There seems to be some controversy as to what to call those crossing the border into Canada.
Tristin Hopper is an award winning reporter who has been writing on this saga for some months. He canvassed a number of viewpoints on this issue, including my own in his recent piece for the National Post.
The spat speaks to an intractable political fight in Canada: Whether the approximately 50 people per day streaming into Canada over the U.S. border are “illegal” or “irregular” migrants.
The Immigration and Refugee Board uses the term “irregular” when referring to the more than 23,000 refugee claimants who have walked into Canada since January 2017 without first passing through an official port of entry. The RCMP, meanwhile, prefers the neutral term “interceptions.”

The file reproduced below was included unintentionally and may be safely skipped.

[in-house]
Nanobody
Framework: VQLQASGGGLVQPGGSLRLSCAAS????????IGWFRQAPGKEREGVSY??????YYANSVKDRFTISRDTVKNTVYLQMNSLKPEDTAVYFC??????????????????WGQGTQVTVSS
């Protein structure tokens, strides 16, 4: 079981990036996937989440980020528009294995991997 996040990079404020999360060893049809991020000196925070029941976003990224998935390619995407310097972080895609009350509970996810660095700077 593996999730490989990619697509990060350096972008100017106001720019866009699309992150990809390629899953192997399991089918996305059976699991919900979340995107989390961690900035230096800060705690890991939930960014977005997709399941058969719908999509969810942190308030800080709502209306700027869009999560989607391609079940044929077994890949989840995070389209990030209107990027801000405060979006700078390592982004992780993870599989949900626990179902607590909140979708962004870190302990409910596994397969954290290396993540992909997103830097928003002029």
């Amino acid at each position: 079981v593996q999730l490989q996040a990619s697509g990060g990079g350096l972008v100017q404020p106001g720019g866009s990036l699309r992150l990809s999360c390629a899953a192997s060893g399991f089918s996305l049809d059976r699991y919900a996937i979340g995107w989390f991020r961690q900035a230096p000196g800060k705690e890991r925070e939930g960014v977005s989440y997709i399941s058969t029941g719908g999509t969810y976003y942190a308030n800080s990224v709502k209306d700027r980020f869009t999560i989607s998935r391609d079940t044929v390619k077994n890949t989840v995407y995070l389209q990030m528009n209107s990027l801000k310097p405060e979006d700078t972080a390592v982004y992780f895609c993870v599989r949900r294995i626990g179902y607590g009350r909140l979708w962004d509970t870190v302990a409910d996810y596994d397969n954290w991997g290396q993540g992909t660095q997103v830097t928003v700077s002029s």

The official CBC language guide favours “illegal border crossers,” calling it “bureaucratic jargon” to use the term “irregular” favoured by Ottawa.
Raj Sharma, a Calgary immigration lawyer, said “irregular” is the more accurate term given that an asylum seeker is technically still following Canadian law if they cross the border without authorization.
But the term “illegal” is still appropriate for anyone who is unlawfully crossing Canada’s border after already having been deported — or if they have no intention of making an asylum claim, Sharma said.